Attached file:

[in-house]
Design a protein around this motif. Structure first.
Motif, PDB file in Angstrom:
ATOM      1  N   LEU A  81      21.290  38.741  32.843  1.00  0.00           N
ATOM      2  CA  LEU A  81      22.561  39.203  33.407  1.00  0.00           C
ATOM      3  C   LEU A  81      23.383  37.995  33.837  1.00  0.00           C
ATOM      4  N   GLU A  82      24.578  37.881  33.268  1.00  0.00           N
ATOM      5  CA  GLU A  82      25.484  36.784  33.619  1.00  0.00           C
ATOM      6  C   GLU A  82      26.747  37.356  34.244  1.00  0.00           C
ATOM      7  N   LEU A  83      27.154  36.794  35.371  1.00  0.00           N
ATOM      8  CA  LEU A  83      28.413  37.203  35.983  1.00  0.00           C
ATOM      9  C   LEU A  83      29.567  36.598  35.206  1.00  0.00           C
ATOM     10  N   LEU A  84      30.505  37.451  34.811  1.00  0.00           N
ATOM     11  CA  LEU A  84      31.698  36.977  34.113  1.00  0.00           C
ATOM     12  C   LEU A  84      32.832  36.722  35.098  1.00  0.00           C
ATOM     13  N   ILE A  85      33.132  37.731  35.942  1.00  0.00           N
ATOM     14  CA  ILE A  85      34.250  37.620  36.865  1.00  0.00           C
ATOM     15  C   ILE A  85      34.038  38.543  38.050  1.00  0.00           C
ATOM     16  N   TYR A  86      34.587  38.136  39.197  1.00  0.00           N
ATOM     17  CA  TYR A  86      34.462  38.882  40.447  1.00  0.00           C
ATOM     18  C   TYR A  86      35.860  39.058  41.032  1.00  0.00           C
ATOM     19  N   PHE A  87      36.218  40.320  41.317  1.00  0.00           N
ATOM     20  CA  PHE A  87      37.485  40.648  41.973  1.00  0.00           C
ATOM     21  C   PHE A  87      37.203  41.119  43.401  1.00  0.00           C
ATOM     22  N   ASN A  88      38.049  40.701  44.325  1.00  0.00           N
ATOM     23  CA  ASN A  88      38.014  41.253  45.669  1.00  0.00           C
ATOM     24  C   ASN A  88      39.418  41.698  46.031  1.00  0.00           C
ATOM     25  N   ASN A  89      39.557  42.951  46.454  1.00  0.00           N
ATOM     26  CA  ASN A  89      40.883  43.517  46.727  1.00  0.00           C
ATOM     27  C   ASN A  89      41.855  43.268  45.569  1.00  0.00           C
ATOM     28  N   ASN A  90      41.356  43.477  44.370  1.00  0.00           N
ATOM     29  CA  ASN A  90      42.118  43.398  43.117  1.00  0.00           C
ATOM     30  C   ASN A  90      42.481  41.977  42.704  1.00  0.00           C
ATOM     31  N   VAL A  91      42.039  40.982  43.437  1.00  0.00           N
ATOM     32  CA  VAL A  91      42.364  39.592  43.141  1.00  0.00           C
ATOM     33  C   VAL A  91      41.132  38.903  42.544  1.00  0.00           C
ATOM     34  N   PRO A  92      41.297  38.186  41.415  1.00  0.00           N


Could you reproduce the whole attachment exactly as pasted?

[in-house]
Design a protein around this motif. Structure first.
Motif, PDB file in Angstrom:
ATOM      1  N   LEU A  81      21.290  38.741  32.843  1.00  0.00           N
ATOM      2  CA  LEU A  81      22.561  39.203  33.407  1.00  0.00           C
ATOM      3  C   LEU A  81      23.383  37.995  33.837  1.00  0.00           C
ATOM      4  N   GLU A  82      24.578  37.881  33.268  1.00  0.00           N
ATOM      5  CA  GLU A  82      25.484  36.784  33.619  1.00  0.00           C
ATOM      6  C   GLU A  82      26.747  37.356  34.244  1.00  0.00           C
ATOM      7  N   LEU A  83      27.154  36.794  35.371  1.00  0.00           N
ATOM      8  CA  LEU A  83      28.413  37.203  35.983  1.00  0.00           C
ATOM      9  C   LEU A  83      29.567  36.598  35.206  1.00  0.00           C
ATOM     10  N   LEU A  84      30.505  37.451  34.811  1.00  0.00           N
ATOM     11  CA  LEU A  84      31.698  36.977  34.113  1.00  0.00           C
ATOM     12  C   LEU A  84      32.832  36.722  35.098  1.00  0.00           C
ATOM     13  N   ILE A  85      33.132  37.731  35.942  1.00  0.00           N
ATOM     14  CA  ILE A  85      34.250  37.620  36.865  1.00  0.00           C
ATOM     15  C   ILE A  85      34.038  38.543  38.050  1.00  0.00           C
ATOM     16  N   TYR A  86      34.587  38.136  39.197  1.00  0.00           N
ATOM     17  CA  TYR A  86      34.462  38.882  40.447  1.00  0.00           C
ATOM     18  C   TYR A  86      35.860  39.058  41.032  1.00  0.00           C
ATOM     19  N   PHE A  87      36.218  40.320  41.317  1.00  0.00           N
ATOM     20  CA  PHE A  87      37.485  40.648  41.973  1.00  0.00           C
ATOM     21  C   PHE A  87      37.203  41.119  43.401  1.00  0.00           C
ATOM     22  N   ASN A  88      38.049  40.701  44.325  1.00  0.00           N
ATOM     23  CA  ASN A  88      38.014  41.253  45.669  1.00  0.00           C
ATOM     24  C   ASN A  88      39.418  41.698  46.031  1.00  0.00           C
ATOM     25  N   ASN A  89      39.557  42.951  46.454  1.00  0.00           N
ATOM     26  CA  ASN A  89      40.883  43.517  46.727  1.00  0.00           C
ATOM     27  C   ASN A  89      41.855  43.268  45.569  1.00  0.00           C
ATOM     28  N   ASN A  90      41.356  43.477  44.370  1.00  0.00           N
ATOM     29  CA  ASN A  90      42.118  43.398  43.117  1.00  0.00           C
ATOM     30  C   ASN A  90      42.481  41.977  42.704  1.00  0.00           C
ATOM     31  N   VAL A  91      42.039  40.982  43.437  1.00  0.00           N
ATOM     32  CA  VAL A  91      42.364  39.592  43.141  1.00  0.00           C
ATOM     33  C   VAL A  91      41.132  38.903  42.544  1.00  0.00           C
ATOM     34  N   PRO A  92      41.297  38.186  41.415  1.00  0.00           N